Unfortunately, it’s all too easy for the review and editing process to devolve into hostility and one-upmanship. This adversarial approach will corrode the editing process because it can lead to participants tearing down each other’s work — even if it's good! — making the editing process unnecessarily difficult and slow.
A few simple steps can foster a collaborative, cooperative approach to document review.
1: Make sure everyone is driving toward the same goal.If reviewers have different goals or agendas from writers (or, worse, if they imagine themselves in competition with each other), the whole review process could fall apart. Everyone needs to be on the same side, driving toward a shared and mutually understood end goal.
2: Engage the writer directly and ask questions.If reviewers are confused or uncertain about some of the written material, ask the writer about it rather than immediately revising or deleting it. In fact, even before beginning the review process, it could be helpful for writers and reviewers to confer, so reviewers understand the writers’ approach and strategy.
3: Critique the writing, not the writer.It's human nature; writers will sometimes take critiques personally, especially if writing isn’t their core professional discipline. It works in reverse too: reviewers can sometimes take it personally when their edits are rejected or questioned. When either party feels personally attacked, the process automatically turns adversarial. The best way to sidestep this problem is to make sure everyone is critiquing the work and not the person and his/ her abilities.
4: Always include positive comments as well.Another strategy to help avoid writers taking criticism personally is to include praise. This helps in another way as well: to produce better work in the future, writers need to understand both what works and what doesn’t. With only negative comments, they get only half the feedback they need.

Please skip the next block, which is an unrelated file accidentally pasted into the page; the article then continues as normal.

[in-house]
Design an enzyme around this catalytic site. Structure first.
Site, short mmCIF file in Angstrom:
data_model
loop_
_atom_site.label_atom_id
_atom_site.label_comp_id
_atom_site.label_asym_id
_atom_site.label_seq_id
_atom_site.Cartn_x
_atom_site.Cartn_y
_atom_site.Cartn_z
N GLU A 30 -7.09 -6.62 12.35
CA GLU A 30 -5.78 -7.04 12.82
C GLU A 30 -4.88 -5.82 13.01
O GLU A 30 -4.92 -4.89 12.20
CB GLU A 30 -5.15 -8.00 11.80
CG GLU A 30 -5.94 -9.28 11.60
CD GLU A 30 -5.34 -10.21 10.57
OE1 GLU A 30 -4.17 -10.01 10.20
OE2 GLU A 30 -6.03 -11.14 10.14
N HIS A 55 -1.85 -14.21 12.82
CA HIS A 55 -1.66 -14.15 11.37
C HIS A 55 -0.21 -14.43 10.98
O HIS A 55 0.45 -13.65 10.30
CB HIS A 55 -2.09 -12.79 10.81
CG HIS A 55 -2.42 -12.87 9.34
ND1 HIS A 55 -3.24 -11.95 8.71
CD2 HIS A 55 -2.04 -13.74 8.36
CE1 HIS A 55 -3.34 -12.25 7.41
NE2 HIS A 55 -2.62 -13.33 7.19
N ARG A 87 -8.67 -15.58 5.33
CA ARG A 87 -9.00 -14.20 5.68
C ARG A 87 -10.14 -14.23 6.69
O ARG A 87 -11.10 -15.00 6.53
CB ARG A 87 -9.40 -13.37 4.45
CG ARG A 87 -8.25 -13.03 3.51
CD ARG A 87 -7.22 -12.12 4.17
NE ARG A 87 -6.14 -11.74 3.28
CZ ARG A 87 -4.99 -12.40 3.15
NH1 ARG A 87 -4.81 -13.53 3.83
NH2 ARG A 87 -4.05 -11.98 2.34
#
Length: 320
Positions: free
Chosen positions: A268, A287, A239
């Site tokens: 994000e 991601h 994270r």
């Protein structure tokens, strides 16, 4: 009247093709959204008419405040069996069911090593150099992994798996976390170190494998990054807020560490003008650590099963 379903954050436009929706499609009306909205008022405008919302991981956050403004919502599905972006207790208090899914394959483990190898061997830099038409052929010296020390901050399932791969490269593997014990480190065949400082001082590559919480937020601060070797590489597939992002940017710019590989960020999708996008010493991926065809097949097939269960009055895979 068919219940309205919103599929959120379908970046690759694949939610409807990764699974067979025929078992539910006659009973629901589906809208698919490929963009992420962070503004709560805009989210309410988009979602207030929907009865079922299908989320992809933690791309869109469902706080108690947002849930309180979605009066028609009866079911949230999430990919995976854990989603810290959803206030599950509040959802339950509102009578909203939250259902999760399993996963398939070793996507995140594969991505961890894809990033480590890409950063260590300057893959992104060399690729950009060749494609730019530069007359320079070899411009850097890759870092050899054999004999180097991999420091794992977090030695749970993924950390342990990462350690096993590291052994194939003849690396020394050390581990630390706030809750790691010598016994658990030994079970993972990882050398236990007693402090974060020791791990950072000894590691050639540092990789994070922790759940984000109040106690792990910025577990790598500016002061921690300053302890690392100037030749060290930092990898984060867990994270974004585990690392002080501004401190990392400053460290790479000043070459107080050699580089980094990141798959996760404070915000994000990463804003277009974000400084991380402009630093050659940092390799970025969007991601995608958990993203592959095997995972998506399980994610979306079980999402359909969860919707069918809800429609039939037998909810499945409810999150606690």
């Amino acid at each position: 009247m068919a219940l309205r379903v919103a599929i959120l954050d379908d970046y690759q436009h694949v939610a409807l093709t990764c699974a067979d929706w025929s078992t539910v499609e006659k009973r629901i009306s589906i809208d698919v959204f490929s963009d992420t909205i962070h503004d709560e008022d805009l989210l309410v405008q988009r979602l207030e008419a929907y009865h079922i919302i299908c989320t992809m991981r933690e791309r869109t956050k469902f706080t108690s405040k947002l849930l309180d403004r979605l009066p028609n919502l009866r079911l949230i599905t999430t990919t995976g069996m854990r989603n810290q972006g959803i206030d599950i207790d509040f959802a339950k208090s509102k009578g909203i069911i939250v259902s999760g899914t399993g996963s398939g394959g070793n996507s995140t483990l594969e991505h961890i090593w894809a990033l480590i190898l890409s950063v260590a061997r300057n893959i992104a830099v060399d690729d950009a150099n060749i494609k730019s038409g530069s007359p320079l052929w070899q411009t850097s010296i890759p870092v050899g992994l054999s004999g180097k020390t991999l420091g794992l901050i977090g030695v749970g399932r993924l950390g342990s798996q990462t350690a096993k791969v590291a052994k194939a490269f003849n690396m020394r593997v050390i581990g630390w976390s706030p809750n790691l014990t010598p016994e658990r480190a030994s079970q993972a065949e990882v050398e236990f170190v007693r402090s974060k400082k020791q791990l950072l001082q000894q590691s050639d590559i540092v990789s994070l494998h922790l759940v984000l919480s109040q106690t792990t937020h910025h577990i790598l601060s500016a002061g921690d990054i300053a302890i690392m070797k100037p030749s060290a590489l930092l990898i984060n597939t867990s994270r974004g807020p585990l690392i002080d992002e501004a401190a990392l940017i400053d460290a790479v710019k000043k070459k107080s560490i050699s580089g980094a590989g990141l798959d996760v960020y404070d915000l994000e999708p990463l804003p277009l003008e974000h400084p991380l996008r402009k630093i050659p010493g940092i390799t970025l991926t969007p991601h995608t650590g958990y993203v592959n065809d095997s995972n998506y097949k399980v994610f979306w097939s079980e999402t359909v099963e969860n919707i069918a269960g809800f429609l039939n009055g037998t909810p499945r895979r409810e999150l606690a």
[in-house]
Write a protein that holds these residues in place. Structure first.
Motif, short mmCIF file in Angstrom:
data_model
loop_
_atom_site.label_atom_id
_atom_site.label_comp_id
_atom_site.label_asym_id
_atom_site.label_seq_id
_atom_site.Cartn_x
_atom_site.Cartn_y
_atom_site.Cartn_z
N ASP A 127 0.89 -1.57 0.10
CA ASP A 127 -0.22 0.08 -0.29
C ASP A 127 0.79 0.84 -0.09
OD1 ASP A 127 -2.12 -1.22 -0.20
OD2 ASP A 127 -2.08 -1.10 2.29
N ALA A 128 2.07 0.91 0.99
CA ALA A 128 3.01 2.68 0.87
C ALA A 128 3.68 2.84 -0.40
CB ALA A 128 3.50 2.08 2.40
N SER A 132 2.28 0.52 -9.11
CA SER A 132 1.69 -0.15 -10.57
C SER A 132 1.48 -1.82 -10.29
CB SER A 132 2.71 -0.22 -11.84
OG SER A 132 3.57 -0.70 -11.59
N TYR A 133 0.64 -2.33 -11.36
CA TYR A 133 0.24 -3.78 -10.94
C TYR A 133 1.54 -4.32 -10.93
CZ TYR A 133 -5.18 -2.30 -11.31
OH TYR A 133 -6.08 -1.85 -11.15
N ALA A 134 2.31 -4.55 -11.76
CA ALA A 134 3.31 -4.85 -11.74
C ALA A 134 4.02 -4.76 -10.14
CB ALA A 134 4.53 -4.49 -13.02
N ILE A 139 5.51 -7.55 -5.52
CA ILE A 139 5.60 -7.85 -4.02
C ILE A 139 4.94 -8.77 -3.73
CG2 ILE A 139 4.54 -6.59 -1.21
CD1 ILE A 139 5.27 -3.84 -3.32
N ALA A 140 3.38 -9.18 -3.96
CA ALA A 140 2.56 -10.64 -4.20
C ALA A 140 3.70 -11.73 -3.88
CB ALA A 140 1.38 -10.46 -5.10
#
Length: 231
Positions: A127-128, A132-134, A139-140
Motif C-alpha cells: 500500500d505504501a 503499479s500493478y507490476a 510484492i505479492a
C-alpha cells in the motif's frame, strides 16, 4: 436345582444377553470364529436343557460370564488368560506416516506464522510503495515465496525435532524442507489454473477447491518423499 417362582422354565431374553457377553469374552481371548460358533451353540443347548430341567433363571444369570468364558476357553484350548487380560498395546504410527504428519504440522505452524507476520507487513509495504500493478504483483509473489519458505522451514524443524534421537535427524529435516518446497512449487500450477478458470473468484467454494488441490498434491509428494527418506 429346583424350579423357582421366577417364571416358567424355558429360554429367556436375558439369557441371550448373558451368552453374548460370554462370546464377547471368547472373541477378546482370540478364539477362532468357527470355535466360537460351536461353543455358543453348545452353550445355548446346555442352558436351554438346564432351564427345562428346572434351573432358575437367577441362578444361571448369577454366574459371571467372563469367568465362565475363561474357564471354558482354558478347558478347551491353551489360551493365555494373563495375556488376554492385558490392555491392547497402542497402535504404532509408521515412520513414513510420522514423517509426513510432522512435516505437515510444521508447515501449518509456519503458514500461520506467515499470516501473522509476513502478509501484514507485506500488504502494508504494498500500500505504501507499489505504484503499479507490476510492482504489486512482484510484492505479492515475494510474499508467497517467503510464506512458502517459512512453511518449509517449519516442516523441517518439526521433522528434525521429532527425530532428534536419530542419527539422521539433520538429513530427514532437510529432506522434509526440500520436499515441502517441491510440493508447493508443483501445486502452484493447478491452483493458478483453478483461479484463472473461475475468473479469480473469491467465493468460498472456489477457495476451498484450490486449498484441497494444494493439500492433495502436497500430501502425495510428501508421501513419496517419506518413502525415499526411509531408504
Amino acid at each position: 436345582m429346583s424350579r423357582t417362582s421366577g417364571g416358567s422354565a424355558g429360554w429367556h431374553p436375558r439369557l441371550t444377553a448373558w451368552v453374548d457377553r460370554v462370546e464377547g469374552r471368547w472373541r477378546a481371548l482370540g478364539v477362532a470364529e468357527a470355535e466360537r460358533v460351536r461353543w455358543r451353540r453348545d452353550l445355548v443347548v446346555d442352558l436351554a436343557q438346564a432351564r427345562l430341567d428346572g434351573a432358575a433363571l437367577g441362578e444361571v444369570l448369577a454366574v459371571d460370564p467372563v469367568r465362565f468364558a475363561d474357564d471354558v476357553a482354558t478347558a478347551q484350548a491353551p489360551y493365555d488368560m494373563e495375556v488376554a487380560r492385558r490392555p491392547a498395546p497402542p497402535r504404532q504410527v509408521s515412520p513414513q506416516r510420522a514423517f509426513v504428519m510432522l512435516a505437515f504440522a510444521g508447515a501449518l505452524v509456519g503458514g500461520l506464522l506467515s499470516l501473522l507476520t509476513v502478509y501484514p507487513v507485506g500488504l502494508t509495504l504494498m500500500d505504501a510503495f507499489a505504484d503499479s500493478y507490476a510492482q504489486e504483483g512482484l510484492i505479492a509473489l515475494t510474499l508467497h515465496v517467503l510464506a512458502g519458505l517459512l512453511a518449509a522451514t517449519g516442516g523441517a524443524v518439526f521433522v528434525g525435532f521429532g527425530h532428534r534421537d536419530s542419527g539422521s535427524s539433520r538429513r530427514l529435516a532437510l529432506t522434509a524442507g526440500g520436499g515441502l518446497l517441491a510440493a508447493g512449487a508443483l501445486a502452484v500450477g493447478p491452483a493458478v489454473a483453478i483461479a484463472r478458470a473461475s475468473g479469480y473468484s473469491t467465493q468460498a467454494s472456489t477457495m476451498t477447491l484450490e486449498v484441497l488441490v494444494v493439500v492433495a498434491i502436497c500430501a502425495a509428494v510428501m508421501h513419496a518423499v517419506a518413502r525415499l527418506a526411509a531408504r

5: Write well.It should go without saying: editors must also be able to express themselves effectively through the written word. Editing and writing are two different skill sets but are intimately interwoven. If reviewers can’t write with clarity, brevity, and persuasiveness, they can end up producing critiques and edits that are confusing, misleading, and perhaps even counterproductive.
6: Get training.Ultimately, effective review, editing, and revision are a matter of skill. Reviewers who have mastered these skills will produce feedback that’s more useful and effective, and they’ll know how to do it such that strengthens working relationships instead of breaking them down.
Ready to learn the tactics for expert reviewing? Your team’s time is valuable, so why waste it on an ineffective review process? Our interactive Better Editing and Reviewing Techniques course offers tips, tricks, and skills to turn your team into more effective reviewers and revisers.